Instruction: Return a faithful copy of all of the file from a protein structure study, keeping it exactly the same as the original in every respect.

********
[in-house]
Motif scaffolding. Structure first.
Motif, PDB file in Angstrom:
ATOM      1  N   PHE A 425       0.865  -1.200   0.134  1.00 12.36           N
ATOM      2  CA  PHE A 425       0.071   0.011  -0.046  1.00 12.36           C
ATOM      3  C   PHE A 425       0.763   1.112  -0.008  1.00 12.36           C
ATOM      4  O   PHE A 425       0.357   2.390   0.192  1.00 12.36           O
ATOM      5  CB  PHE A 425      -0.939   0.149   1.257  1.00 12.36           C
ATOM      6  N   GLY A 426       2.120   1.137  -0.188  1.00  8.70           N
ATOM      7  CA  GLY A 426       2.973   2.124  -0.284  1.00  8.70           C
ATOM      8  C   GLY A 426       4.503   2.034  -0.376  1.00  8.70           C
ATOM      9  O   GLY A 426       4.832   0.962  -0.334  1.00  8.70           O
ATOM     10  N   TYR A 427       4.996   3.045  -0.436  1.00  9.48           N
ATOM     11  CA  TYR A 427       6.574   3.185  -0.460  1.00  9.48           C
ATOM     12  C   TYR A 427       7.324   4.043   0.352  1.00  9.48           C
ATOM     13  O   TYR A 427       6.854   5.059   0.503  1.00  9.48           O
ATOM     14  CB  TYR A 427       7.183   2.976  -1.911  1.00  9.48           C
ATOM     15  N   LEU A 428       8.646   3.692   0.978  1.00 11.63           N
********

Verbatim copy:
[in-house]
Motif scaffolding. Structure first.
Motif, PDB file in Angstrom:
ATOM      1  N   PHE A 425       0.865  -1.200   0.134  1.00 12.36           N
ATOM      2  CA  PHE A 425       0.071   0.011  -0.046  1.00 12.36           C
ATOM      3  C   PHE A 425       0.763   1.112  -0.008  1.00 12.36           C
ATOM      4  O   PHE A 425       0.357   2.390   0.192  1.00 12.36           O
ATOM      5  CB  PHE A 425      -0.939   0.149   1.257  1.00 12.36           C
ATOM      6  N   GLY A 426       2.120   1.137  -0.188  1.00  8.70           N
ATOM      7  CA  GLY A 426       2.973   2.124  -0.284  1.00  8.70           C
ATOM      8  C   GLY A 426       4.503   2.034  -0.376  1.00  8.70           C
ATOM      9  O   GLY A 426       4.832   0.962  -0.334  1.00  8.70           O
ATOM     10  N   TYR A 427       4.996   3.045  -0.436  1.00  9.48           N
ATOM     11  CA  TYR A 427       6.574   3.185  -0.460  1.00  9.48           C
ATOM     12  C   TYR A 427       7.324   4.043   0.352  1.00  9.48           C
ATOM     13  O   TYR A 427       6.854   5.059   0.503  1.00  9.48           O
ATOM     14  CB  TYR A 427       7.183   2.976  -1.911  1.00  9.48           C
ATOM     15  N   LEU A 428       8.646   3.692   0.978  1.00 11.63           N